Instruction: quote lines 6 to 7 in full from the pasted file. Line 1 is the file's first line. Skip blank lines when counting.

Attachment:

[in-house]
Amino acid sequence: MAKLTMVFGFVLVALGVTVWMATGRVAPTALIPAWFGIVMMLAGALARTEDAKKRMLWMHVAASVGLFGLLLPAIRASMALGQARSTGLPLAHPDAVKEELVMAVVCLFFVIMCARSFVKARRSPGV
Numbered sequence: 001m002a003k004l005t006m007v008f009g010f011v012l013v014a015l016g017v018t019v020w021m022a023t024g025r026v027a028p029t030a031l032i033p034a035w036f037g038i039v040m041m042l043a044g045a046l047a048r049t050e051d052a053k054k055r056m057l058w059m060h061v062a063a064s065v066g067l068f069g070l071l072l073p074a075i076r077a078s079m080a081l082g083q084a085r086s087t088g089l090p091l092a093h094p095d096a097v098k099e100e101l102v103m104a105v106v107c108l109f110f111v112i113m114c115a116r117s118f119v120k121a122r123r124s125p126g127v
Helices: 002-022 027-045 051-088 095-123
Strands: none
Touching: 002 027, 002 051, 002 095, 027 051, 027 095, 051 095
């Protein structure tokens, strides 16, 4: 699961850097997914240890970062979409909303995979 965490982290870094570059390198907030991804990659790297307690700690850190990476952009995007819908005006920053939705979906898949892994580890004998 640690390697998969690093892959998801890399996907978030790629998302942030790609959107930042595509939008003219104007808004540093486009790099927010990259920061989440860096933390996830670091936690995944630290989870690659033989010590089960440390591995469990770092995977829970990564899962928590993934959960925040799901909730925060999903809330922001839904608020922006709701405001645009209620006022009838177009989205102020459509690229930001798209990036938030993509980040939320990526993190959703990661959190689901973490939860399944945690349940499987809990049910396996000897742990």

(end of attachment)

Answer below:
Touching: 002 027, 002 051, 002 095, 027 051, 027 095, 051 095
């Protein structure tokens, strides 16, 4: 699961850097997914240890970062979409909303995979 965490982290870094570059390198907030991804990659790297307690700690850190990476952009995007819908005006920053939705979906898949892994580890004998 640690390697998969690093892959998801890399996907978030790629998302942030790609959107930042595509939008003219104007808004540093486009790099927010990259920061989440860096933390996830670091936690995944630290989870690659033989010590089960440390591995469990770092995977829970990564899962928590993934959960925040799901909730925060999903809330922001839904608020922006709701405001645009209620006022009838177009989205102020459509690229930001798209990036938030993509980040939320990526993190959703990661959190689901973490939860399944945690349940499987809990049910396996000897742990």